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Fri
07
Jul
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Alarm Monitoring: Mobile Device Security

Authorised mobile devices must be considered part of security solutions
Authorised mobile devices must be considered part of security solutions

Mobile devices are becoming increasingly prevalent as an extension of many electronic security solutions, where they allow end users to remotely manage their systems, as well as receiving alerts and status updates. For installers and monitoring stations, mobile devices can expand risk levels. 

AT SecTech Roadshow’s panel session ‘Securing Networked Security Devices’ a question the panel put to installers and integrators was how many of them were deploying mobile devices and in many cities, the response was that for many end users, remote mobile management is a key attraction of the latest solutions. 

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Thu
09
Mar
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Security Industry Has Only Viable Home Automation Revenue Stream: Gartner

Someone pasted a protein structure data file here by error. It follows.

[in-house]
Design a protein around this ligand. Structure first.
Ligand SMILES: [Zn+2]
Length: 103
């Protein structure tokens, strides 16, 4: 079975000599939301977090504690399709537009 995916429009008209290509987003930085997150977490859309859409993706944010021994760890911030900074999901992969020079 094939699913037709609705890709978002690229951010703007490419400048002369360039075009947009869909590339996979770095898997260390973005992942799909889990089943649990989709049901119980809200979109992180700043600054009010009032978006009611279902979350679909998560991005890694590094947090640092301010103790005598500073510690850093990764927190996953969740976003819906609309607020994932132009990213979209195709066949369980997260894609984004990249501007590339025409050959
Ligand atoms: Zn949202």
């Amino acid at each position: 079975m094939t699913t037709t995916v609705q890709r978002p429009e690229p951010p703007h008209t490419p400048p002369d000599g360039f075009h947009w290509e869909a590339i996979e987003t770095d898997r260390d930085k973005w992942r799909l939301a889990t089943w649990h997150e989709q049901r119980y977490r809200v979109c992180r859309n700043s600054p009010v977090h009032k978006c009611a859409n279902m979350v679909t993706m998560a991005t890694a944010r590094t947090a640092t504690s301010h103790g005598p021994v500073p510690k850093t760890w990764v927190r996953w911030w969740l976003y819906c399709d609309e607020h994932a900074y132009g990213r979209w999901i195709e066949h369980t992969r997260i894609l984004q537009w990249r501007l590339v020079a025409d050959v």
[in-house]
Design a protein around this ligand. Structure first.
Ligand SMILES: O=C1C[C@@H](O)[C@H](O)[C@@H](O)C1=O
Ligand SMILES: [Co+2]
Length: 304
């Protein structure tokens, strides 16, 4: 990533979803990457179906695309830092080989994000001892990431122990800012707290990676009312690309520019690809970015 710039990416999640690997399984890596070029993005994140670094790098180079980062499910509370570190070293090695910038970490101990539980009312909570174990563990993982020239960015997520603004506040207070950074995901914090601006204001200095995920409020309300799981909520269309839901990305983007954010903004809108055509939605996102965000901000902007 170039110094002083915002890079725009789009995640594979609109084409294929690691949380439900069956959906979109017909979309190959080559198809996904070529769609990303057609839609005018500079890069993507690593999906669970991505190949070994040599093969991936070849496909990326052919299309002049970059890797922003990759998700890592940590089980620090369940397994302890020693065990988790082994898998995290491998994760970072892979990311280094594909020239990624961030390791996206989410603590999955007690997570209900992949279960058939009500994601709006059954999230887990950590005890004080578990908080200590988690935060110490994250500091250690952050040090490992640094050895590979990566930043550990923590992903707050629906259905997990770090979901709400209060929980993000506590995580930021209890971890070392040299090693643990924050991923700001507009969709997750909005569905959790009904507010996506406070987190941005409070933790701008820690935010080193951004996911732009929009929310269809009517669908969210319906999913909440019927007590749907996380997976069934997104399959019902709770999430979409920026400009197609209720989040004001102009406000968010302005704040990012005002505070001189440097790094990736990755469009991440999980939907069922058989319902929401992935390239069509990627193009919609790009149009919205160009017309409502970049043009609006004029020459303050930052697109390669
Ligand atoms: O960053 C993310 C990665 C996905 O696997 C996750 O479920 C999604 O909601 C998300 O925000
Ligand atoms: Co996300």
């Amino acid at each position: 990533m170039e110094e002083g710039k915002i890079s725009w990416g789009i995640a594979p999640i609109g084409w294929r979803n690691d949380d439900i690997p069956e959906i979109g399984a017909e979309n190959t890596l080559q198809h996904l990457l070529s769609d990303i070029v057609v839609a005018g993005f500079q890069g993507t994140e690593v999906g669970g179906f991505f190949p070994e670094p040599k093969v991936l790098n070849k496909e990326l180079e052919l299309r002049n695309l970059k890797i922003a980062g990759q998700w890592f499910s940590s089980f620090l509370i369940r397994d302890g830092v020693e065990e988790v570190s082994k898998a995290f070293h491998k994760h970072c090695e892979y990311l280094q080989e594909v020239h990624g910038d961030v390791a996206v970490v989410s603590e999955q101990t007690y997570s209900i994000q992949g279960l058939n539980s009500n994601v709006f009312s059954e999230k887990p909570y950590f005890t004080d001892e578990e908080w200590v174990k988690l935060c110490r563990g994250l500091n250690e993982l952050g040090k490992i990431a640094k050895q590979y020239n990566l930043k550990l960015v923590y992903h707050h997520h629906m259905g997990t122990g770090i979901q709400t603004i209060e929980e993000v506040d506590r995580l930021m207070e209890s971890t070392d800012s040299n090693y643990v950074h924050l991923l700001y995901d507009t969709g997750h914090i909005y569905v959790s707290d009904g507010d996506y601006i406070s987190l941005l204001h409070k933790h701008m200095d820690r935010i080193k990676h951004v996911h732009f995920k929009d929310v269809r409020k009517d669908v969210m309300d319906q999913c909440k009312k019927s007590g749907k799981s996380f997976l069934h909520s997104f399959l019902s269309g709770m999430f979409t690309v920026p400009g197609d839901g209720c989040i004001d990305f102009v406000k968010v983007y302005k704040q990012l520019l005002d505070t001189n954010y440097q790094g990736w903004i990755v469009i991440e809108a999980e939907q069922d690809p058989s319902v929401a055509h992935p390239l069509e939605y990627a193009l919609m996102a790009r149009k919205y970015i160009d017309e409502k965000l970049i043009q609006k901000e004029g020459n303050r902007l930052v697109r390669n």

Home automation - security providers have the best business model
Home automation - security providers have the best business model

ADOPTION of home automation systems in Australia, the United Kingdom and the U.S. is still in the early adopter phase with penetration of 10 per cent, according to research firm, Gartner Group.

A telling finding was that outside alarm systems, fewer than 50 per cent of households pay for home automation solutions, most these contracts are for alarm monitoring solutions, suggesting that security providers who use automation to make their security systems more appealing to users may hold the only dependable recurring revenue stream in the home automation business model. 

“If suppliers are to successfully widen the appeal of the connected home, providers will need to identify what will really motivates current users to inspire additional purchases,” says Amanda Sabia, principal research analyst at Gartner.

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Fri